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( hcf of two positive integers a and b is the largest positive integer d that divides both a and b)

rk−2 = qk rk−1 + rk where rk < rk−1. In other words, multiples of the smaller number rk−1 are subtracted from the larger number rk−2 until the remainder is smaller than the rk−1.In the initial step (k = 0), the remainders r−2 and r−1 equal a and b, the numbers for which the GCD is sought. In the next step (k = 1), the remainders equal b and the remainder r0of the initial step, and so on. Thus, the algorithm can be written as a sequence of equations

a = q0 b + r0

b = q1 r0 + r1

r0 = q2 r1 + r2

r1 = q3 r2 + r3…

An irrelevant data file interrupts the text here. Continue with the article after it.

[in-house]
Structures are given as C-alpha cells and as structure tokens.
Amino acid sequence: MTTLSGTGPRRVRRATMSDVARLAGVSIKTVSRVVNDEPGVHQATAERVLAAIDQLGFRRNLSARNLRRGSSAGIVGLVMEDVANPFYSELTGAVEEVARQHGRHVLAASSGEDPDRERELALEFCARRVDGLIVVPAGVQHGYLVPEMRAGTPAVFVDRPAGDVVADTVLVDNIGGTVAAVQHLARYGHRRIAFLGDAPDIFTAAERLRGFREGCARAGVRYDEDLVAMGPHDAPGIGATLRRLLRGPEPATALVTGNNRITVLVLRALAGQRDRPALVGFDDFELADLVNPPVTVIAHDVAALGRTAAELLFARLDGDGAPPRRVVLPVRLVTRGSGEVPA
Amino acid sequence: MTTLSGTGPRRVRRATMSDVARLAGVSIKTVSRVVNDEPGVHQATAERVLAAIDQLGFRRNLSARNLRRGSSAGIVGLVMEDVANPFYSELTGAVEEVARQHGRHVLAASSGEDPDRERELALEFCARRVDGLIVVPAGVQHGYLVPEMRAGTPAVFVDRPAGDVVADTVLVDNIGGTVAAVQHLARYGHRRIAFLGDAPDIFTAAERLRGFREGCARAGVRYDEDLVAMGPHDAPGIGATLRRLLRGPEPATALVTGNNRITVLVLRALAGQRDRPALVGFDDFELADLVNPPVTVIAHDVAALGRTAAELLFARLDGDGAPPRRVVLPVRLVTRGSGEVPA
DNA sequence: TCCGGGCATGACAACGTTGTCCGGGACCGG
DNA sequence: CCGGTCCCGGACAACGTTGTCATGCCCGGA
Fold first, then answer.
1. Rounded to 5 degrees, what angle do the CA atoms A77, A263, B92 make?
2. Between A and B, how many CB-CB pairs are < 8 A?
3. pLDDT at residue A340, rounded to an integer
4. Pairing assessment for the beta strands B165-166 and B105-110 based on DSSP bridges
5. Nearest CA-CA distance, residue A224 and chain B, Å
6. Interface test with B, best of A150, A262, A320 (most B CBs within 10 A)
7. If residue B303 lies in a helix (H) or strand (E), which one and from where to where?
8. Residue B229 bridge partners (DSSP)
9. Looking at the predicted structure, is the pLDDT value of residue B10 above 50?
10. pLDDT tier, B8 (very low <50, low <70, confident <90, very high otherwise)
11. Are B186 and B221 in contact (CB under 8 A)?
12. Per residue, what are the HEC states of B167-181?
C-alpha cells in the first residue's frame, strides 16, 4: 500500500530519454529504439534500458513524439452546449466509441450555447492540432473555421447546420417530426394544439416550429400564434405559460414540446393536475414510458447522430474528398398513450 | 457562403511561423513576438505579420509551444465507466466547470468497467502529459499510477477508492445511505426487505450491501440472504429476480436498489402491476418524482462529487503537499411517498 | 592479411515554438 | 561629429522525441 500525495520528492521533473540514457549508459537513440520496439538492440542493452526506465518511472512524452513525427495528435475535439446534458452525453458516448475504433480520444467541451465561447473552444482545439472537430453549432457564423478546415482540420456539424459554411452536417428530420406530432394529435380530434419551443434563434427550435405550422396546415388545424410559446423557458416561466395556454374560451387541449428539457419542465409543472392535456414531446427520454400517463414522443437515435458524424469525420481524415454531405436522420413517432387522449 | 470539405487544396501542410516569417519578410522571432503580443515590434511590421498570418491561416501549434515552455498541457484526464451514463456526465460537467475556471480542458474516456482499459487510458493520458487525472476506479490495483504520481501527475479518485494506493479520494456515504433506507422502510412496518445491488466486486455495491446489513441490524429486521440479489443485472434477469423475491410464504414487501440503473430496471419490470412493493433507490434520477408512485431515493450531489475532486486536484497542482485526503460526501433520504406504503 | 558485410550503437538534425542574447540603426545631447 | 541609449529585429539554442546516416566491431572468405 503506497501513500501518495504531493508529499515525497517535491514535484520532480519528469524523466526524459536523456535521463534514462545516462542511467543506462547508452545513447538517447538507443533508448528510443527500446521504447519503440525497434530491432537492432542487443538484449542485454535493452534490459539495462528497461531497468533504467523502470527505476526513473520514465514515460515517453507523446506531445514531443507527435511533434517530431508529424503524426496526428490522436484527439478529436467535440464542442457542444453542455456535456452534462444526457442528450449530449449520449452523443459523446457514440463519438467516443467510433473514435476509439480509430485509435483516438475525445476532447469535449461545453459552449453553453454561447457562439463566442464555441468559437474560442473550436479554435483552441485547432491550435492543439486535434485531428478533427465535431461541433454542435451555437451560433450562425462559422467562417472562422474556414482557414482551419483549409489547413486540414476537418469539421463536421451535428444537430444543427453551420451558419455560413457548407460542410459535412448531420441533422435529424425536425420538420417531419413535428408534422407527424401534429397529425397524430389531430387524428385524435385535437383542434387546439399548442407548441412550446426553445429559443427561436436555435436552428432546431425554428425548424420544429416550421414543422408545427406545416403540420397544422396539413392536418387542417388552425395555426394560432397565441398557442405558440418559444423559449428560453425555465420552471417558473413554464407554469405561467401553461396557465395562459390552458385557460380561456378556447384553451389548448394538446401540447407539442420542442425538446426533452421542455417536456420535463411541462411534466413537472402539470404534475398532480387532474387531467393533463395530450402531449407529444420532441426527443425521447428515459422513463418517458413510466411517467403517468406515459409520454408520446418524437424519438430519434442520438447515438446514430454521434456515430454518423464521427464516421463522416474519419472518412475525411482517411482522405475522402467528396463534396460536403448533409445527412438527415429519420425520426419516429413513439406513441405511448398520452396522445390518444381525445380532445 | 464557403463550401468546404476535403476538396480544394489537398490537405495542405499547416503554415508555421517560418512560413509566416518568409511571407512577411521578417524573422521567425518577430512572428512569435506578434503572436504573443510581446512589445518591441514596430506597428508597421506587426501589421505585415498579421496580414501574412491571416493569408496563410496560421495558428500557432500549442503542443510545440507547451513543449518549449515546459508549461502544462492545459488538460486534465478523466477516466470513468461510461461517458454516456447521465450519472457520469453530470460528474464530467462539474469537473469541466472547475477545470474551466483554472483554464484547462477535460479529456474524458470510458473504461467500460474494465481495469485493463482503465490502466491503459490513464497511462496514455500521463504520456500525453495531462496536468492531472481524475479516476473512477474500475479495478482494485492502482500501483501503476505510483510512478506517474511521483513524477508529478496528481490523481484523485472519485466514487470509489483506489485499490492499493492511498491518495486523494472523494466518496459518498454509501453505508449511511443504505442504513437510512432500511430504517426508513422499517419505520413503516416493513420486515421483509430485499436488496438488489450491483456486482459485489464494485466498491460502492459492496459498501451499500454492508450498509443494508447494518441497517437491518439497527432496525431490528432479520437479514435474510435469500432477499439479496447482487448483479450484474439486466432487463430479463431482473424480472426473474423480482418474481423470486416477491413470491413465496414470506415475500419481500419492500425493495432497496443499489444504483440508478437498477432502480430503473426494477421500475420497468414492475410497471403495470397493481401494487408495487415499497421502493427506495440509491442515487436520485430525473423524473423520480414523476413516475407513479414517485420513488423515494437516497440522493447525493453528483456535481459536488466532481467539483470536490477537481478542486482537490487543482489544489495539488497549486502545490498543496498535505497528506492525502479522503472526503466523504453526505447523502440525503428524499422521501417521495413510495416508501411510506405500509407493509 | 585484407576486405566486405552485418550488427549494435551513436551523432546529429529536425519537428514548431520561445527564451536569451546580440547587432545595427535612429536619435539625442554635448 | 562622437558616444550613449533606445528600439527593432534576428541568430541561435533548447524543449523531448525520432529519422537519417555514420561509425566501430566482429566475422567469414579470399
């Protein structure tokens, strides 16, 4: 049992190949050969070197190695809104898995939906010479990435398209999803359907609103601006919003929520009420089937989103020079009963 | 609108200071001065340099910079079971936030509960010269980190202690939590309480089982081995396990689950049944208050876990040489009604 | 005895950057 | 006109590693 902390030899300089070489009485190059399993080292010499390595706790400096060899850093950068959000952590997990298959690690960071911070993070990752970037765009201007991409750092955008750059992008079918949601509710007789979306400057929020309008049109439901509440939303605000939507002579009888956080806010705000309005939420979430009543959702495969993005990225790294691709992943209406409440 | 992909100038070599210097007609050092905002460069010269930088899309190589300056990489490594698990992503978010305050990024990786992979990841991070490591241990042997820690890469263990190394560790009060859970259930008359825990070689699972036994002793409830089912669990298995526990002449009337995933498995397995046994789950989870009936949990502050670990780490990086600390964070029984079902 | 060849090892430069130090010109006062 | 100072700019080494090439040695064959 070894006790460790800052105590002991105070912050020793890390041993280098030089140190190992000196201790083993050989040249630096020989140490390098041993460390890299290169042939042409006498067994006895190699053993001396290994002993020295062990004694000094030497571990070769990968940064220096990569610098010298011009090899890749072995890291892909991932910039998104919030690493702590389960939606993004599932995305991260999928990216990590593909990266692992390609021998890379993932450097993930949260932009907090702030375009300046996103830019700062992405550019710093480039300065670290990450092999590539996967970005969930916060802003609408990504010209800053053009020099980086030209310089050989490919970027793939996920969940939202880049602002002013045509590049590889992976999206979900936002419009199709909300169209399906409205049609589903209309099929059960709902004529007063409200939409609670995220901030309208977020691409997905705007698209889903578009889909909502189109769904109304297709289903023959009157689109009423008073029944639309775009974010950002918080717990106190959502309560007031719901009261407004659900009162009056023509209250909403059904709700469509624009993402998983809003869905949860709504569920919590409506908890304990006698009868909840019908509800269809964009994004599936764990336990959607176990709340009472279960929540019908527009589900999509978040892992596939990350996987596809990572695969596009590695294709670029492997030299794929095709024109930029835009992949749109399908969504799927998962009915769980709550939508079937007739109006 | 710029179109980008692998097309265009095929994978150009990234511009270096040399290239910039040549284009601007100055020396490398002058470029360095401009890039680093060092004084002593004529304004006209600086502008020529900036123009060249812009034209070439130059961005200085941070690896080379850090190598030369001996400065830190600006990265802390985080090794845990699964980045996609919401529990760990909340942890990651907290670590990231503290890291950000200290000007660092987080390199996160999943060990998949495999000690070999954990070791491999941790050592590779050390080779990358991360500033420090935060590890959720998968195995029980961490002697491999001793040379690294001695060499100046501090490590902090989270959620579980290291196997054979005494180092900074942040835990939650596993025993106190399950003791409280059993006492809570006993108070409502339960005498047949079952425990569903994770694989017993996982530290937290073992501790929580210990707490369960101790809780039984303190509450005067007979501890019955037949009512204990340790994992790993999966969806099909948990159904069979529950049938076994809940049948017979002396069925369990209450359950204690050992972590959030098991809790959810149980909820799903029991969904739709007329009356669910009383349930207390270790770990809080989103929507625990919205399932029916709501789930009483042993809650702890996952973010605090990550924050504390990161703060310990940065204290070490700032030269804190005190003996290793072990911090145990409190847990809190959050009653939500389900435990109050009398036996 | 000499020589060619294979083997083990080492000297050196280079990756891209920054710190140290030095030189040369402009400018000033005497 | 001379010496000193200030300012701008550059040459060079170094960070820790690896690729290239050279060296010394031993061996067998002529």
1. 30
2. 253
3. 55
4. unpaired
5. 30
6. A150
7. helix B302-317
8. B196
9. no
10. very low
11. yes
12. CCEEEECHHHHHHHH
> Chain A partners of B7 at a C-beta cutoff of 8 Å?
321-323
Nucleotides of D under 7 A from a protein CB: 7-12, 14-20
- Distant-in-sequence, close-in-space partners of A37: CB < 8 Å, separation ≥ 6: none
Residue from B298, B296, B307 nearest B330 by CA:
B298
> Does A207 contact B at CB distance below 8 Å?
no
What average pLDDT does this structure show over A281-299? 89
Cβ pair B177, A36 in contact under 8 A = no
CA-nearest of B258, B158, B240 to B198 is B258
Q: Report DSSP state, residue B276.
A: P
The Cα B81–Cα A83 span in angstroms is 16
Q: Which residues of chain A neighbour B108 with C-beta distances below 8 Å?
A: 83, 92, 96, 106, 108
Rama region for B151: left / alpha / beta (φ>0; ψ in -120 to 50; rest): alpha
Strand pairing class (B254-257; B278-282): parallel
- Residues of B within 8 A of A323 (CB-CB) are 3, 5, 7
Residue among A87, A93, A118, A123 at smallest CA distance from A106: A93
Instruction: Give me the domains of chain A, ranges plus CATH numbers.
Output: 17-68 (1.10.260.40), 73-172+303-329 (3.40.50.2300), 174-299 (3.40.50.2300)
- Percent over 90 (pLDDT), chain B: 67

If a is smaller than b, the first step of the algorithm swaps the numbers. For example, if a < b, the initial quotient q0 equals zero, and the remainder r0 is a. Thus, rk is smaller than its predecessor rk−1 for all k ≥ 0.Since the remainders decrease with every step but can never be negative, a remainder rN must eventually equal zero, at which point the algorithm stops. The final nonzero remainder rN−1 is the greatest common divisor of a and b. The number N cannot be infinite because there are only a finite number of nonnegative integers between the initial remainder r0 and zero.